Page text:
Extension specialists adjust to life in regional officeThe six people hired by South Dakota State University Extension to work as educators at its regional office in Mitchell are experiencing firsthand how the program has changed after major restructuring.
By: Chris Mueller, The Daily Republic
The six people hired by South Dakota State University Extension to work as educators at its regional office in Mitchell are experiencing firsthand how the program has changed after major restructuring.
After state government budget cuts forced Extension to move services out of county offices and into eight regional offices, 44 field specialists were hired to staff the new offices.
The Extension had cut all 99 of its field specialists earlier in the year as part of the restructuring. Some, but not all, were hired back to work at the regional offices. Many started work recently.
“Given the time frame, the changes were handled as well as they could have been,” said Heather Larson, one of two cow-and-calf field specialists at the Mitchell regional office.
Larson was the Extension educator for Jerauld County before accepting her job at the Mitchell regional office.
Extension Director Barry Dunn said last month that with the restructuring, the program will live within the reduced fiscal boundaries of the 2012 state budget.
The new regional offices — located in Aberdeen, Lemmon, Mitchell, Pierre, Rapid City, Sioux Falls, Watertown and Winner — officially opened Oct. 25.
Mitchell’s regional Extension office is located at Mitchell Technical Institute’s north campus.
Family Resource Management Field Specialist Carrie Johnson said adjusting to the team atmosphere at the regional office, after typically working with only one other person at a county office, has been an adjustment for all the specialists.
“People will know they can come here and get the specialist they want,” Johnson said. “And if not, we’ve got someone who can get you in touch with them.”
Before coming to Mitchell’s regional office, Johnson worked at the Extension office in Charles Mix County.
“You can tell everybody here had to go through an interview process, so they want to be here,” said Cow and Calf Field Specialist Jim Krantz. “It’s the teamwork here that’s going to make this work.”
Krantz is the former Extension educator for Miner County.
Johnson said the new regional office system has allowed each Extension specialist to focus more on his or her area of expertise.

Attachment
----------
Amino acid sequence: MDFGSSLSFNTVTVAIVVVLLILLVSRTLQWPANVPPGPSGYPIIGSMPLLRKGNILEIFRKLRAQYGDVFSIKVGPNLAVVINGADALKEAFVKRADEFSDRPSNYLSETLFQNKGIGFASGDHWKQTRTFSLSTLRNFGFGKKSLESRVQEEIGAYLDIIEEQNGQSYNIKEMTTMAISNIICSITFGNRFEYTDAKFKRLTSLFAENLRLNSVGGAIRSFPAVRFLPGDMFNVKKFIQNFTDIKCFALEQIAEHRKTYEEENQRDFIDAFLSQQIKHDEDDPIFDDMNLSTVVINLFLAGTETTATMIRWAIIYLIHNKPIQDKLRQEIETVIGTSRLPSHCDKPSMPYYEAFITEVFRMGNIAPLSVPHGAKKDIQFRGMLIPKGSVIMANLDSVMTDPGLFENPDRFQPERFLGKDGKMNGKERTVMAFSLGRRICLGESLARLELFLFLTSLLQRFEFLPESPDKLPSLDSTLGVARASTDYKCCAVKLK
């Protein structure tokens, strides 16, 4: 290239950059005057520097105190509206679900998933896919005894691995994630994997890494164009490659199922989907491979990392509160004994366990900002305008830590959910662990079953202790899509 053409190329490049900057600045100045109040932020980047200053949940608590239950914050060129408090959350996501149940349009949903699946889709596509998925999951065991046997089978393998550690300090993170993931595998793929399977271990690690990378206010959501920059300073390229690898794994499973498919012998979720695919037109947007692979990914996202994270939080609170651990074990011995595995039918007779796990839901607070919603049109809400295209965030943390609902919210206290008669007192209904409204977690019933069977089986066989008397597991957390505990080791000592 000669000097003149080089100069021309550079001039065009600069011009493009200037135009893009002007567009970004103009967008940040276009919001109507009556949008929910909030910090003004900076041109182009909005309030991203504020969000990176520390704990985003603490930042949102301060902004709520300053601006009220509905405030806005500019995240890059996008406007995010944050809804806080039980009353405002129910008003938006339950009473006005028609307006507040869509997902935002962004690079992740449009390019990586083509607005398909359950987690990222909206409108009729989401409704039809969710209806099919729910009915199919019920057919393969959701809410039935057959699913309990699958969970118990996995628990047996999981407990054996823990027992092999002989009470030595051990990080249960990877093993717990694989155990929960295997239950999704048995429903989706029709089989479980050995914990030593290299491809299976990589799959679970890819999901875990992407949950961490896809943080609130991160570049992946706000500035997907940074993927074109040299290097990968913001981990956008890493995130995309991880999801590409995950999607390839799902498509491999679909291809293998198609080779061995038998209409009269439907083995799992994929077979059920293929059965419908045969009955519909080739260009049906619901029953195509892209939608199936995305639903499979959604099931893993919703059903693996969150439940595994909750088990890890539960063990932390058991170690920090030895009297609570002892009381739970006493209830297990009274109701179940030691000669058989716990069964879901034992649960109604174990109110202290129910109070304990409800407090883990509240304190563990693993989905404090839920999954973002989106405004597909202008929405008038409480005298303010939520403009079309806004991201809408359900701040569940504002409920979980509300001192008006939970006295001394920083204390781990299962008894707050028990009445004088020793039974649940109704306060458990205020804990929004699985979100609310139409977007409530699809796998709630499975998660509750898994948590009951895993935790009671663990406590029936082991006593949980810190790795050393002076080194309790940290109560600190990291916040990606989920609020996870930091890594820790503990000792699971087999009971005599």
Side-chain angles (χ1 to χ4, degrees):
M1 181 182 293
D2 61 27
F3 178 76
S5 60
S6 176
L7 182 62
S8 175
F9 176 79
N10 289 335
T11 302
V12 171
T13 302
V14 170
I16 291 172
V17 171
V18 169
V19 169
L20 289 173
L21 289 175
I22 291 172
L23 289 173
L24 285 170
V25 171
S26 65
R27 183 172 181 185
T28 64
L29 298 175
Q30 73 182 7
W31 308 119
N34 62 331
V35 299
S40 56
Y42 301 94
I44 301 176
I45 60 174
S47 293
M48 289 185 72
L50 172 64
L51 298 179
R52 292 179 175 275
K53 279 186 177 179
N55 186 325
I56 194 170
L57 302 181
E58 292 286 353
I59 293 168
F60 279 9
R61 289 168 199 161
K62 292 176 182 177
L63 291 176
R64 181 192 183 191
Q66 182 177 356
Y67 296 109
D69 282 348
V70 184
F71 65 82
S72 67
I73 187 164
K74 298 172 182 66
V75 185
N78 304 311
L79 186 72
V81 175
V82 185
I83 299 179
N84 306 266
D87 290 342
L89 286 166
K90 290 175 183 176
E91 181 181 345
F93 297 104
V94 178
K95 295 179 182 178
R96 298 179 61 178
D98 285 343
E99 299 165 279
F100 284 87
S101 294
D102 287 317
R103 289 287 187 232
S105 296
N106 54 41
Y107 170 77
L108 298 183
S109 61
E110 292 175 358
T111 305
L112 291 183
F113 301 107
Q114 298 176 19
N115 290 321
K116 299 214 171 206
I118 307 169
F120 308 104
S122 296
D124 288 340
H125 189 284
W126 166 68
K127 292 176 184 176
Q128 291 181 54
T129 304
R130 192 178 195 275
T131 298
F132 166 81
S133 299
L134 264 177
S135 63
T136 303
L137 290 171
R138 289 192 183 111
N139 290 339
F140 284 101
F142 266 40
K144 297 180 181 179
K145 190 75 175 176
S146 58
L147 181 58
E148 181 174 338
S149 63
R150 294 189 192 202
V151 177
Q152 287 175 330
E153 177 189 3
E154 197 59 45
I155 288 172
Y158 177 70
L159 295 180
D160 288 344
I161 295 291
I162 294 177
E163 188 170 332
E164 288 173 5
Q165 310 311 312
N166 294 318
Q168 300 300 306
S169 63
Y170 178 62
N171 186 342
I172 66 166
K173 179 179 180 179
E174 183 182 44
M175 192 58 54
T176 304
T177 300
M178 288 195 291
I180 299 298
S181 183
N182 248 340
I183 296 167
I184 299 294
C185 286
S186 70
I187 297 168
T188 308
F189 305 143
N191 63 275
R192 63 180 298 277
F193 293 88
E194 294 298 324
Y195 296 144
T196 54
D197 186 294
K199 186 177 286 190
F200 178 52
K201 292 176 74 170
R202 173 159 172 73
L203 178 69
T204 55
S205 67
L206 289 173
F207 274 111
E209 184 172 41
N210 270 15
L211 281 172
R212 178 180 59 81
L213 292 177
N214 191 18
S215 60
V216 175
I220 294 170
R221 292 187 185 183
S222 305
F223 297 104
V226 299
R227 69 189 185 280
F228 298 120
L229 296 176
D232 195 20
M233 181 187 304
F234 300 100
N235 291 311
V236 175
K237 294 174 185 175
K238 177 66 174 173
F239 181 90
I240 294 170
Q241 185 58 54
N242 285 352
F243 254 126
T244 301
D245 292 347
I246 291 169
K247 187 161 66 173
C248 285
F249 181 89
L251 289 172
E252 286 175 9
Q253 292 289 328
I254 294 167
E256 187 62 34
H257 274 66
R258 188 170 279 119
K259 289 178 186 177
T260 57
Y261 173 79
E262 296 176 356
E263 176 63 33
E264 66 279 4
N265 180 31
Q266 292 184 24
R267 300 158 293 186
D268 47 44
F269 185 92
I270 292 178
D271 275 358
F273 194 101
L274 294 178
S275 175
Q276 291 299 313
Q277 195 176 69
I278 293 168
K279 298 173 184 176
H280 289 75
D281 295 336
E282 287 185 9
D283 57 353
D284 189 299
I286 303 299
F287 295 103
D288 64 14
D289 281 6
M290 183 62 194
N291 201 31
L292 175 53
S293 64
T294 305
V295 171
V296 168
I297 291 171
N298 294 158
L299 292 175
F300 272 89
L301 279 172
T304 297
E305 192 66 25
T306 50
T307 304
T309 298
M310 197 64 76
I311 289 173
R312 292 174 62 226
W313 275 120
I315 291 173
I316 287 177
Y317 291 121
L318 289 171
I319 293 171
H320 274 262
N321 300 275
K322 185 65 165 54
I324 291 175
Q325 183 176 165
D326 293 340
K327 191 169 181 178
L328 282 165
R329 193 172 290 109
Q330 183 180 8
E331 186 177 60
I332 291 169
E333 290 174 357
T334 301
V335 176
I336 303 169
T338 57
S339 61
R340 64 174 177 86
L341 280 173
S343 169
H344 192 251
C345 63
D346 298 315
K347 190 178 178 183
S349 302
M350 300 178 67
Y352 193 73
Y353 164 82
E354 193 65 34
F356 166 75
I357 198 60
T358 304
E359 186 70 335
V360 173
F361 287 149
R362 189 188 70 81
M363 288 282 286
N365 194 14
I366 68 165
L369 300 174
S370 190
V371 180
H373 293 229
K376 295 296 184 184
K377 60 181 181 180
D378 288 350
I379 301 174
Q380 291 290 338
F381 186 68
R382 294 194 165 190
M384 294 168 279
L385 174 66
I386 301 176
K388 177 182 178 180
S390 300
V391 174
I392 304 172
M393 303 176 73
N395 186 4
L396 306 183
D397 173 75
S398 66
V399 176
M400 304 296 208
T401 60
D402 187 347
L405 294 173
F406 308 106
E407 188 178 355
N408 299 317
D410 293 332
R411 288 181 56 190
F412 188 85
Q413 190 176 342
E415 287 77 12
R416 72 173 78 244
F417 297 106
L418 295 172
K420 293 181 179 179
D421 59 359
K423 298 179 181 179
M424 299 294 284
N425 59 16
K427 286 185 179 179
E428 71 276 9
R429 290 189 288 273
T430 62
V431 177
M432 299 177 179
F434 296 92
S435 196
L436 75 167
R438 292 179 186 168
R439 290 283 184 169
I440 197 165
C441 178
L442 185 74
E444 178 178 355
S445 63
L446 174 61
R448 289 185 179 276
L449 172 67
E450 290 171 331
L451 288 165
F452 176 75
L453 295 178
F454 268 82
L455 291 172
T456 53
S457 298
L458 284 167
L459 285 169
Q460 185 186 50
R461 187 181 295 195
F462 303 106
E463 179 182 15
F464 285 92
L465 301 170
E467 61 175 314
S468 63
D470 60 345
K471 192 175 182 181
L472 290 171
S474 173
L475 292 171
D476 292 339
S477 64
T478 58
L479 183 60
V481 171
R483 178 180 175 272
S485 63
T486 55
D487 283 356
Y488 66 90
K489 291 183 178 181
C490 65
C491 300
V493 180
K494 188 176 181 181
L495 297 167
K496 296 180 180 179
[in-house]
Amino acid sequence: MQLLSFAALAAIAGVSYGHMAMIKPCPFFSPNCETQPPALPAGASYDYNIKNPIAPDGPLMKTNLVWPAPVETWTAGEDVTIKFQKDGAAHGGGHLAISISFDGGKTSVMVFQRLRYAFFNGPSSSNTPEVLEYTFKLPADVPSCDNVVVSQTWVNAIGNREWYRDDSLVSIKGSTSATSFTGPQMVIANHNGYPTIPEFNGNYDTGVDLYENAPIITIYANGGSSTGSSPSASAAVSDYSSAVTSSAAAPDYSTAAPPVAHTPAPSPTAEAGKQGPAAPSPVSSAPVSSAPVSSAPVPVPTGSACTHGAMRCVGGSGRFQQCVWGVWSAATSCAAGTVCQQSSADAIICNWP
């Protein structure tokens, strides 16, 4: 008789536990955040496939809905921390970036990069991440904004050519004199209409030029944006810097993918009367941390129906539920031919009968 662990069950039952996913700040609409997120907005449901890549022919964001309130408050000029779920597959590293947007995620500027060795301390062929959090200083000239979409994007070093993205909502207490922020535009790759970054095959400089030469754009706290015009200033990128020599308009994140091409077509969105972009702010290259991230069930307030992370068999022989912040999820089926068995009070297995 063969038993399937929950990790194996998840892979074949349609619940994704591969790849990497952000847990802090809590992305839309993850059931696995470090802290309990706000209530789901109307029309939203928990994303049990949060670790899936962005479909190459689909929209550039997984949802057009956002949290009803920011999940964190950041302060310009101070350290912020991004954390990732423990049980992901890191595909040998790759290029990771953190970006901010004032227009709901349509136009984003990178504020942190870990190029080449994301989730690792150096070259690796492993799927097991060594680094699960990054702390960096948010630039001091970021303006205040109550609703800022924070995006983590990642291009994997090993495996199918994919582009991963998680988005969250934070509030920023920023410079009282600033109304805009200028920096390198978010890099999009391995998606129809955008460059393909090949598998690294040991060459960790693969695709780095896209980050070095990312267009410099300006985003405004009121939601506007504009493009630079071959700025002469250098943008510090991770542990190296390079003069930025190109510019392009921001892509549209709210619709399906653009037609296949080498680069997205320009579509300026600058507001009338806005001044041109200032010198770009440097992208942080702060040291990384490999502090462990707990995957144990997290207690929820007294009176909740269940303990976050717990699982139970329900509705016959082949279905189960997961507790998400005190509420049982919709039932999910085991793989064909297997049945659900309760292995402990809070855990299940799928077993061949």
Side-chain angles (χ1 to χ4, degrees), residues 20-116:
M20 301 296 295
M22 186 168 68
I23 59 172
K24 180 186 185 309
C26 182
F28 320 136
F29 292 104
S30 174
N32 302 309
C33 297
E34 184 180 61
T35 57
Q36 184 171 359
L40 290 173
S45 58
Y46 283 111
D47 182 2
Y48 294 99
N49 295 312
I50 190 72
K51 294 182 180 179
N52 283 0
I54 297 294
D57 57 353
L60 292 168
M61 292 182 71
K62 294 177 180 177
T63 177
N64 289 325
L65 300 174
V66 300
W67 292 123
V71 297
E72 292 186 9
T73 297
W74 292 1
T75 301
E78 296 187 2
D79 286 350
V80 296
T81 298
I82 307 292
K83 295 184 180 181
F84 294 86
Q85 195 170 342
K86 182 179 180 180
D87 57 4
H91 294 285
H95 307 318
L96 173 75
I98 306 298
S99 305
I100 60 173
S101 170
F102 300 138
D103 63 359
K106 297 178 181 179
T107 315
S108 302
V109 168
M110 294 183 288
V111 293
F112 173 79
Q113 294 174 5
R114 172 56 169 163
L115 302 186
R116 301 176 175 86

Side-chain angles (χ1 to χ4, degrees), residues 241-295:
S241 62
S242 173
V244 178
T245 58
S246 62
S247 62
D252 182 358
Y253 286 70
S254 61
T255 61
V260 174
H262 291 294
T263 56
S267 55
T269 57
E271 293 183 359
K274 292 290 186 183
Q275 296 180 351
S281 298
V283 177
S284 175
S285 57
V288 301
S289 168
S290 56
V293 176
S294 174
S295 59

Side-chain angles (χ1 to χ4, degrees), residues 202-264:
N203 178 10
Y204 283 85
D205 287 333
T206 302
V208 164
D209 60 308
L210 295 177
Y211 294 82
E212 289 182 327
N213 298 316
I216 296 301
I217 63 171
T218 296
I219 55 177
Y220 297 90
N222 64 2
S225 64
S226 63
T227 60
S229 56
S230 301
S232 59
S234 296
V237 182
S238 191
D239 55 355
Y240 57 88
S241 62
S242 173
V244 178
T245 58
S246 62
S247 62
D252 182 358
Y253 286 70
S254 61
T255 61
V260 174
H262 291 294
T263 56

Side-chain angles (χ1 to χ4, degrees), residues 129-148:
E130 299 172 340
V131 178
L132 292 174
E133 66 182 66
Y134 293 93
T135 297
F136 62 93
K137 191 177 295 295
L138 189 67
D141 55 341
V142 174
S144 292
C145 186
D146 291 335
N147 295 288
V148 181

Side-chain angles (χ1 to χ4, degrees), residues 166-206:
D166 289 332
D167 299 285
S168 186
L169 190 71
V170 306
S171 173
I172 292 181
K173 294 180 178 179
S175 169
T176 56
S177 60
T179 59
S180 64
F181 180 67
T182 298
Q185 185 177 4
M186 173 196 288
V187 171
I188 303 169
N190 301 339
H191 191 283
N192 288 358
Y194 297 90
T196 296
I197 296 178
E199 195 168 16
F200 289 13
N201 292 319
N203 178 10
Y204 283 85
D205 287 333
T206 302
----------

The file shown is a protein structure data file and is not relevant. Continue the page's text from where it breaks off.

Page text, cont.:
“Being able to work just in our specialty is a change, but it’s a beneficial one,” she said. “Instead of doing everything OK, we can do one thing great.”
4-H Youth Livestock Field Specialist Megan Nielson said she thinks people will feel more confident hearing an answer directly from a specialist. “The more we let people know we’re here to help, the faster the transition will work,” Nielson said.
Nielson was a graduate student at Ohio State University before taking her job at Mitchell’s regional office.
Making people aware of the changes the Extension underwent was a concern of the field specialists. “There will be an adjustment period for people,” Krantz said. “I did wonder how long it would take to get our first phone call.”
Krantz said the Extension’s increased digital presence will likely mean fewer people actually coming to the office.
iGrow, an online resource featuring Extension reports and research, was developed in conjunction with the program’s restructuring.
The location of Mitchell’s regional office at MTI’s north campus has already sparked discussion between Extension specialists and MTI administrators.
“We feel it will be a really good partnership with MTI,” said Economics Field Specialist Jack Davis. “It’s a great opportunity to share resources on farm management.”
Davis was the SDSU area management specialist in Woonsocket before coming to Mitchell’s regional office.
MTI President Greg Von Wald said he met with the new Extension specialists Nov. 22 to discuss ways the two entities could work together.
“We’re in the process of developing methods of working for the betterment of agriculture in South Dakota,” Von Wald said. “We believe we will be able to enhance the ability of agriculture to succeed here.”
Von Wald said the partnership could begin to take shape in as little as a month.
Extension officials are also in the process of hiring 32 4-H youth program advisers to work in each county in South Dakota. Some counties have chosen to share an adviser.
Alice Nickelson was hired to be the 4-H youth program adviser for Davison and Hanson counties. She began work Nov. 22 at the Davison County Fairgrounds.
4-H State Fair and Event Management Field Specialist Helen Geppert said having a 4-H youth adviser in the county will provide more opportunities for youth development through schools and other programs.
Geppert is optimistic about the future of Extension in South Dakota. “There are better times ahead, and more opportunities for people as we change and grow,” she said.
SDSU Extension employees, from left, Megan Nielson, Jim Krantz, Heather Larson, Jack Davis, Helen Geppert and Carrie Johnson stand in the new Extension regional office at Mitchell Technical Institute’s north campus in this photo from earlier this month.